Animal Liberation spokesperson Carolyn Drew and member Jess Ferry in front of Callum Brae nature where the kangaroo cull will occur. Photo: Jay Cronan
Gates to seven Canberra nature reserves have been locked as protesters prepare to block a kangaroo culling they say will have unintended consequences.
Culling could begin as early as Thursday evening, after the ACT Civil and Administrative Tribunal on Wednesday gave the go ahead for 1244 kangaroos to be shot by the end of July.
Animal Liberation ACT spokesperson Carolyn Drew said protesters would do everything they could to disrupt the cull, even if it put them in harms' way.
Mob of Kangaroos near the Mount Majura Vineyard. Photo: Jay Cronan
“Obviously we can't discuss them, [but] we'll try and do what we've done in the last couple of years. Drag it out until the end of July,” Ms Drew said. “We do expect them to shoot all night, because they're in a hurry. But we'll be out there with them.”
Ms Drew said the cull would do more than just reduce kangaroo numbers, it would damage the family groups left behind.
“You're not just shooting a bottle off a shelf, like you do at a fair,” she said. “Kangaroos live in big family groups and you're ruining that whole group. It has a profound effect.”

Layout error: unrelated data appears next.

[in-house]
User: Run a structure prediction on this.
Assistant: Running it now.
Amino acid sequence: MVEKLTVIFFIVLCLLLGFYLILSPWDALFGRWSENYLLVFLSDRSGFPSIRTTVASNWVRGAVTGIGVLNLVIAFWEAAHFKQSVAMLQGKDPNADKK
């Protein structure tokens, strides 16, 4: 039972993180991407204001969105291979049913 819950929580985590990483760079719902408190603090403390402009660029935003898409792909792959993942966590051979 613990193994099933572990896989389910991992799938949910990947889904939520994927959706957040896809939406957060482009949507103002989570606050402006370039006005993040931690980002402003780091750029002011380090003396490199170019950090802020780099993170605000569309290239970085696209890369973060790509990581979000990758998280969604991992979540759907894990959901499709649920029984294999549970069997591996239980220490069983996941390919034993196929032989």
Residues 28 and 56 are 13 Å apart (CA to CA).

Ms Drew said the ACT government needs to produce proof that culling helps.
“The problem with their research is that there is no evidence their culling since 2010 has made any difference,” she said.
She said their members know what they're doing could be dangerous: “Everyone does training, [but] nothing's guaranteed. They're prepared to accept that element of risk, because if we don't stand our ground, who will?”
Member Jess Ferry said the methods used by shooters during the cull were "horrific".
“One joey was taken from the pit last year and autopsied. It was shot, had its head bashed in and its throat was cut. An experienced vet said it would have taken an extraordinary time to die,” Ms Ferry said.
She said she would be out on the reserves to prevent more deaths like that. “It's a little risk to put myself out here on a reserve, in the cold, to stop that suffering,” she said.
In light of the continued culling, Ms Drew says Canberra might have to realise it isn't the progressive, environmental city it thinks it is.
“We have a surface of 'Green is Good' but there's an awful lot of green-washing going on,” she said. “On one hand, it's the great Bush Capital. But they don't appreciate it for the animals.”